Aru: I'm not at the Tour of the Alps to be a bit-part player

Fabio Aru (UAE Team Emirates) admitted that he was not at the same level as his potential Giro d'Italia rivals when the Tour of the Alps began on Monday but day after day, attack after attack, he has been able to close the gap, indicating he will be a real contender at the Corsa Rosa in May.

Aru often races with his heart, ignoring his legs, as he searches for success. He appeared to use both during stage 4 to Lienz, perhaps first informing Chris Froome of his intentions to attack on the late Bannberg and then going deep on the six-kilometre climb and opening a gap on the overall contenders and his future Giro d'Italia rivals.

Aru danced on the pedals with his trademark leg swinging style, suffering on the steepest gradients, but his pace was constant as he cut his way through an earlier move and distanced the big names in the peloton.

Froome needed a huge effort from teammate Kenny Elissonde to get across to Aru, while Thibaut Pinot (Groupama-FDJ) had to go deep to protect his race lead. Aru was brought to heel before the summit but also impressed by the way he managed to stay on as Froome and others attacked. He finished a tired fifth on the stage and is still fifth overall, 50 seconds down on Pinot.

"It's important to test yourself and your body. I wanted to show that I'm not at the Tour of the Alps just to be a bit-part player," he said with pride.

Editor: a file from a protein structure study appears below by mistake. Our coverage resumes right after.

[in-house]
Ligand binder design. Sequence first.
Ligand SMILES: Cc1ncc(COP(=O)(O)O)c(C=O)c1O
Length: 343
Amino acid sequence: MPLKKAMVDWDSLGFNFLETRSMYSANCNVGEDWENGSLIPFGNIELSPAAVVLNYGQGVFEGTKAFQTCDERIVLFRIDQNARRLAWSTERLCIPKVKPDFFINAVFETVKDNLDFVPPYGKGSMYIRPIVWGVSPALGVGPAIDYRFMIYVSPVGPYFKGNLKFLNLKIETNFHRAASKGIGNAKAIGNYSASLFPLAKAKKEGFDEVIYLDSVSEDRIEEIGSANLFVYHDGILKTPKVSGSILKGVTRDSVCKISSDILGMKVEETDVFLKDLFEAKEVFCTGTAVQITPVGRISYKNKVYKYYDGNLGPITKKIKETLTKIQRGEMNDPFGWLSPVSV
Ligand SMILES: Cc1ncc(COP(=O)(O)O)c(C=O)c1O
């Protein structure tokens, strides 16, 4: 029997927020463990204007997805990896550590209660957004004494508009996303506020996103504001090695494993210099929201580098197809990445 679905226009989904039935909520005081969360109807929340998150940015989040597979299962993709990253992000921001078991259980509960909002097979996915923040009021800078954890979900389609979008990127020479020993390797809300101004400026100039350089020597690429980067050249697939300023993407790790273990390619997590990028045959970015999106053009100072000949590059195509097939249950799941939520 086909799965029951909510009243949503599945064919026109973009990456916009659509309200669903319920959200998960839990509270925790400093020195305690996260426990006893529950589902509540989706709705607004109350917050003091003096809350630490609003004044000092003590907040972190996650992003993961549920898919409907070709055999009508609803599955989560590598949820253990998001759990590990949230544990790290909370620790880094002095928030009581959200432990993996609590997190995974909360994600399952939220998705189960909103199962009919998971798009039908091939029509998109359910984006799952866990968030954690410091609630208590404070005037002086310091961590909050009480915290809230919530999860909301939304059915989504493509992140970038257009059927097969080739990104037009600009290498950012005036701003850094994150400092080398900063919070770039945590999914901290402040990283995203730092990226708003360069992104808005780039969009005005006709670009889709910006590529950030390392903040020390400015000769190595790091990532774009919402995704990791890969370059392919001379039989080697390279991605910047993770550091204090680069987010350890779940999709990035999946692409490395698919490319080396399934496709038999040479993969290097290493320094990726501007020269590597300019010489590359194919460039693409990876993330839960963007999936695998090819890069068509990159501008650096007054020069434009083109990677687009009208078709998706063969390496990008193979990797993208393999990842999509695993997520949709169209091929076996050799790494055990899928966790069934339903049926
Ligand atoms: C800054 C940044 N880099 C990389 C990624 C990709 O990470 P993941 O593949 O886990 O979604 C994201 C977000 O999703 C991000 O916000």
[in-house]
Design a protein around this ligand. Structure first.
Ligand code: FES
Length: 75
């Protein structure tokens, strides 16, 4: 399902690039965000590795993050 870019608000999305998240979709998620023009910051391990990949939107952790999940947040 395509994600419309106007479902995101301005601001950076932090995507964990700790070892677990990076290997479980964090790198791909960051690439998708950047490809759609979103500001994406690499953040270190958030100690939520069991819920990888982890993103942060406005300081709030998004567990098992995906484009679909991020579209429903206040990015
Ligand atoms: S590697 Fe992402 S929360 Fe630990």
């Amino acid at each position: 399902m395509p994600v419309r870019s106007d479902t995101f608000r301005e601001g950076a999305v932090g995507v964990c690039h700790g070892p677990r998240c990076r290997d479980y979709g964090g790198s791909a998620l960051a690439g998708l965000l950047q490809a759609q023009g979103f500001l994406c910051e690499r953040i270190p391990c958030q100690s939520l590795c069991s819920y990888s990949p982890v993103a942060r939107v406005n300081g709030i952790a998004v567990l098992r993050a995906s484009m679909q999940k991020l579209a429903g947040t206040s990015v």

"I'm here to prepare for the Giro d'Italia like most people but I want to do something as well. I'm not as strong as the others but I'll still give it a go."

Aru lost 24 seconds on stage 1 and 34 seconds on the mountain finish to Alpe di Pampeago but since then he has finished on the same time as Pinot and Froome.

"I'm growing day after day," he said bluntly.

"Whenever I've done the Giro d'Italia this has been the perfect race to prepare in the best possible way. It's the same this year. I'm suffering but I'm up front and giving it everything. That's important."

Aru was quizzed about talking to Froome before his attack but avoided revealing exactly was said.

"Yeah, we talked. But it was because Pinot only had one teammate. That's it…" he said, staying coy on a possible alliance to take on the Frenchman.

Aru seems to be emulating Froome and studying him in his preparation for the Giro d'Italia. He followed Froome on the fast descent of the Bannberg and then closed down the Briton's attack on the valley road.

"I was often on Frome's wheel last year at the Tour de France, it's the right place to be, it's important to mark the most dangerous riders," he suggested.

Aru also tried his hand in the sprint as practice for the Giro d'Italia and the fight for time bonuses.

"I'll always try and give it a go in the sprints but I know I'm no Mario Cipollini," he concluded.

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